Do not expect to get it for Xmas, but it’s a hell of a deal:
Do not expect to get it for Xmas, but it’s a hell of a deal:
What was wrong with that? I can’t recall any complaints (though most Legion fans I know wouldn’t touch Legion Lost with a bargepole).
It appeared to be a OHC and ended up being a normal size HC but DC played so fast and loose with their description it was murder to work out in advance.
Doom Patrol v.1: Brick By Brick
This was an interesting read. After doing his own Doom Patrol-inspired book with Umbrella Academy, Gerard Way turns his hand to the real thing - and ends up with something that feels like it struggles a little between trying to pay tribute to past eras of the book (notably Morrison’s run) while also trying to push forward with new characters and ideas.
It’s enjoyable to read in a fast-moving ideas-packed way, and the artwork by Nick Derington is pleasingly bold and colourful. There are some fun twists and turns, and occasional satisfying structural flourishes (like the section where a character’s history is set out through a comic-within-a-comic).
But in trying to bring back so many old favourites at the same time as telling a new story about new characters, it feels like neither is served brilliantly. I’m not sure what new readers would make of all the old characters who are dropped in largely without explanation, while I can imagine longtime fans wishing we got more of those characters and less of the new pretenders.
Ultimately though, the book manages to tell an energetic and fun story that holds your attention while you’re reading it, even if it doesn’t stick around very long in the memory afterwards. I didn’t feel much of a connection to the characters and I don’t think I’ll follow the series into volume two, but at the same time I’m glad that I tried it.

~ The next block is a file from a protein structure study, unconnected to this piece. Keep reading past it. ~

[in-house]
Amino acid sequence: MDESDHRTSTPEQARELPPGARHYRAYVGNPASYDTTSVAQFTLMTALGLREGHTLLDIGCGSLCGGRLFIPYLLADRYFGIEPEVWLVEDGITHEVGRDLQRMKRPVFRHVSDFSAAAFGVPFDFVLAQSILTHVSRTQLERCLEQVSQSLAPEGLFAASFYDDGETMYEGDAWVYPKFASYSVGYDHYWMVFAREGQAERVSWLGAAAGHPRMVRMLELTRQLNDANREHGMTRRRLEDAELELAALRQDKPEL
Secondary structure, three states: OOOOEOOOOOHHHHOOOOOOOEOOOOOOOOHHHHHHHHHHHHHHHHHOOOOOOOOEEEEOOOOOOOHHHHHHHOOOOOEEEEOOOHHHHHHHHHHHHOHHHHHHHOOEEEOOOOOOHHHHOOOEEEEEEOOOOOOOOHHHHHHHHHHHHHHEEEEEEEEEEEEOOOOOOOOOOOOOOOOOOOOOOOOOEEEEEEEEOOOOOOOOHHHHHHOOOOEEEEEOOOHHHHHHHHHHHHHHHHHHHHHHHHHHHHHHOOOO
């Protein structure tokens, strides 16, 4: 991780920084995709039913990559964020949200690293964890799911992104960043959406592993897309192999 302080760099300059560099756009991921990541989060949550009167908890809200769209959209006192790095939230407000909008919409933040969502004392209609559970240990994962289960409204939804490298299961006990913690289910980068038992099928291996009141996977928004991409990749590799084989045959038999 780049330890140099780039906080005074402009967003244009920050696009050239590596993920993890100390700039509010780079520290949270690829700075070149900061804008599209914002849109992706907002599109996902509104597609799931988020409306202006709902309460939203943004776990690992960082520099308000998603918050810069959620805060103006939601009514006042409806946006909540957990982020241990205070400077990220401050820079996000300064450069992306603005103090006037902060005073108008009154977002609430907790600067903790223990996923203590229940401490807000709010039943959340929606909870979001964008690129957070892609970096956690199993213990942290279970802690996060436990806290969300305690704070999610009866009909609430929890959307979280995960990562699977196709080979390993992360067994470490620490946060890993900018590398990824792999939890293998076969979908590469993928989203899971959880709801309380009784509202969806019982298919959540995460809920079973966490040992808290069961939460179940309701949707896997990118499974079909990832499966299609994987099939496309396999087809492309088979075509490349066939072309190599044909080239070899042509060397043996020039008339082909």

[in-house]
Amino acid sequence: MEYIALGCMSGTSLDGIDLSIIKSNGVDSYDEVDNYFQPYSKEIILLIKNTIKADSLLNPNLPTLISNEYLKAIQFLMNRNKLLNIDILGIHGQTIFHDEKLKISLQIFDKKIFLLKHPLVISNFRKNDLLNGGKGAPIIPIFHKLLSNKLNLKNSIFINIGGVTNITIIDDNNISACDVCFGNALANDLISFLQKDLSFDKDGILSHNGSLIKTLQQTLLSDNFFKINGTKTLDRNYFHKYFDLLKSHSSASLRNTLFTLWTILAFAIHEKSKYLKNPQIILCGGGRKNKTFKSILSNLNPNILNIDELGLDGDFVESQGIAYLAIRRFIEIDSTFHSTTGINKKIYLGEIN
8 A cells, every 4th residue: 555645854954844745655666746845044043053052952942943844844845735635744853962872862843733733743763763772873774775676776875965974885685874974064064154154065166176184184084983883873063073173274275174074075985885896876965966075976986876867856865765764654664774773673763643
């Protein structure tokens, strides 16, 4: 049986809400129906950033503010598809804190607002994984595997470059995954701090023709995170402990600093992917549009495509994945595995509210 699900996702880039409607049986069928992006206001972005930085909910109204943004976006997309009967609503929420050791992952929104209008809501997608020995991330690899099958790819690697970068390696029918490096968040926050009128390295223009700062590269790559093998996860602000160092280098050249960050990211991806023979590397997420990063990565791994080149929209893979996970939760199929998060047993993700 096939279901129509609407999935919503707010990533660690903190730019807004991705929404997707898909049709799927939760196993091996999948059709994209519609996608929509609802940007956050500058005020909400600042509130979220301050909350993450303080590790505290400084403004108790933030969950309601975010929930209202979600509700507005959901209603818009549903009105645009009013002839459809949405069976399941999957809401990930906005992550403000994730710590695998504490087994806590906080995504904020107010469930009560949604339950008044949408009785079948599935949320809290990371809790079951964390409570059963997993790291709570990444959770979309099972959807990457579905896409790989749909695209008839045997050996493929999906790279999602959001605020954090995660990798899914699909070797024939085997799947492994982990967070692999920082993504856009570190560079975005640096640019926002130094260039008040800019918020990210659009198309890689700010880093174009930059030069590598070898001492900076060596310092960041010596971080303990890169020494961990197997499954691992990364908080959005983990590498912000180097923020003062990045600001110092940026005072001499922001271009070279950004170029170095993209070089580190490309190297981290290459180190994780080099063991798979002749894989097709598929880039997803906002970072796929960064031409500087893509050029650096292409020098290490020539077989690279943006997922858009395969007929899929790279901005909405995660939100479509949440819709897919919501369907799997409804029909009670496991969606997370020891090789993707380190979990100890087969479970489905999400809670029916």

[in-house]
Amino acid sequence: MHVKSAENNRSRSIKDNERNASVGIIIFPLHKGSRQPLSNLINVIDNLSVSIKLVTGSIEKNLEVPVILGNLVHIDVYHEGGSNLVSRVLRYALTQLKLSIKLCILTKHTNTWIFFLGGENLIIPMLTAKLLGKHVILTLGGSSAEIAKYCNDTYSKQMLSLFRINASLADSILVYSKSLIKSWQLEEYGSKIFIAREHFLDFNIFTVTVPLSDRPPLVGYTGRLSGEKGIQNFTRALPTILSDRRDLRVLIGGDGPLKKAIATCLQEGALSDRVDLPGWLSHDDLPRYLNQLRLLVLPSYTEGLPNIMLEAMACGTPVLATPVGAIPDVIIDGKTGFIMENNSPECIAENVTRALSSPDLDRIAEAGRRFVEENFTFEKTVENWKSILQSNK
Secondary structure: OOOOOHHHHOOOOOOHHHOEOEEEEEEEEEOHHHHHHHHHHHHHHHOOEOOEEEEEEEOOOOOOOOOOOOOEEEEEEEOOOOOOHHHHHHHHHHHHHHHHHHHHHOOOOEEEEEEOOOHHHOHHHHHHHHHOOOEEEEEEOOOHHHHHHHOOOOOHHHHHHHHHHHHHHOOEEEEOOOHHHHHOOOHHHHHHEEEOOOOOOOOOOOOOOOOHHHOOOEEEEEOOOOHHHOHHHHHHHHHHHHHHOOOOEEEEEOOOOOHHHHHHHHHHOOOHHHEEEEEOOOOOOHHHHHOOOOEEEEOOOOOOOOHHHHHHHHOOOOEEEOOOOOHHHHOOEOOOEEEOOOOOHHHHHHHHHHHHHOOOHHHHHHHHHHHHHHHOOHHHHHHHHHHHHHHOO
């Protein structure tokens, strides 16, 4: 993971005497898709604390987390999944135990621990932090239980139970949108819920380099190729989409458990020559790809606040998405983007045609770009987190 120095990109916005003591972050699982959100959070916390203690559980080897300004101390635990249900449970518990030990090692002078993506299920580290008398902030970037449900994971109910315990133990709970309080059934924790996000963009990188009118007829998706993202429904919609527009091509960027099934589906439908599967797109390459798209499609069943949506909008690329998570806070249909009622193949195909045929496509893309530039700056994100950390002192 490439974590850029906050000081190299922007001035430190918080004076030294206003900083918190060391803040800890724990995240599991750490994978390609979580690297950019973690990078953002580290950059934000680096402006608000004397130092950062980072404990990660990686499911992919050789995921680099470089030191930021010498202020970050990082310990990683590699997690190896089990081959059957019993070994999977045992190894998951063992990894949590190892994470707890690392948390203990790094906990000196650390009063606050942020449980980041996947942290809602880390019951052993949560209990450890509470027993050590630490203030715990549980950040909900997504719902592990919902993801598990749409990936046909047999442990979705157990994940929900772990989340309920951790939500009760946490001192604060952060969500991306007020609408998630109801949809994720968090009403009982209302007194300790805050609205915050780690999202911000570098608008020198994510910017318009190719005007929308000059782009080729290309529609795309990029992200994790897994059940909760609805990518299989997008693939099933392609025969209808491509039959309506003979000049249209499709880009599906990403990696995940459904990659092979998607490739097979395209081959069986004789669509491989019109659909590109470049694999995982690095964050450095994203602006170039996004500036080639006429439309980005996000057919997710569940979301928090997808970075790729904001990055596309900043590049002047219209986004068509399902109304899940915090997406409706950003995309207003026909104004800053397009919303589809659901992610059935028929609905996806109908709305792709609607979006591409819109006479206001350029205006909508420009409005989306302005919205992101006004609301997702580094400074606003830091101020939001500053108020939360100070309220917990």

Couple of bargains, so long as you’re relaxed on when you receive them:
(The official RRP for this one is £110!)
I came home to this - Merry Christmas and Happy Birthday to me
I look forward to reading these stories again, starring at Barrows’ & Martinez’ art, and soaking up all the 1990’s nostalgia.
See? We told you it was good for you!
Eaglemoss have another new Partworks just started, The Legend of Batman.
The cheap first one is the first half of Zero Year, with the second half in #2. After that is Born to Kill (from the start of Tomasi’s New 52 run), Faces of Death (the Joker cuts off his face story from the early New 52), DKR, and The Court of Owls from the start of Snyder’s run.
Not one to subscribe to for me, but I might check out individual issues when they get to the older stuff.
Assuming this is similar size to the 2000AD one, that’s 80 books of around 160 pages each, or 12,800 pages of content. Roughly 640 issues, or, 21 omnibuses.
21 Batman omnibuses
Thank God they’ve only included the ESSENTIAL stories
So I carefully nabbed a copy of the Duggan-Posehn Deadpool Omnibus for just under £40.
Now, this particular volume has a bit of a reputation for falling apart so I decided buying a second hand copy might be the way to go, as it has to be at least intact to be sold. The copy I got lived up to its rep - very good, but not perfect. I do see what people mean about careful handling required due to Marvel assembling a bit too much content into one volume, but it’s nowhere near as bad as I feared.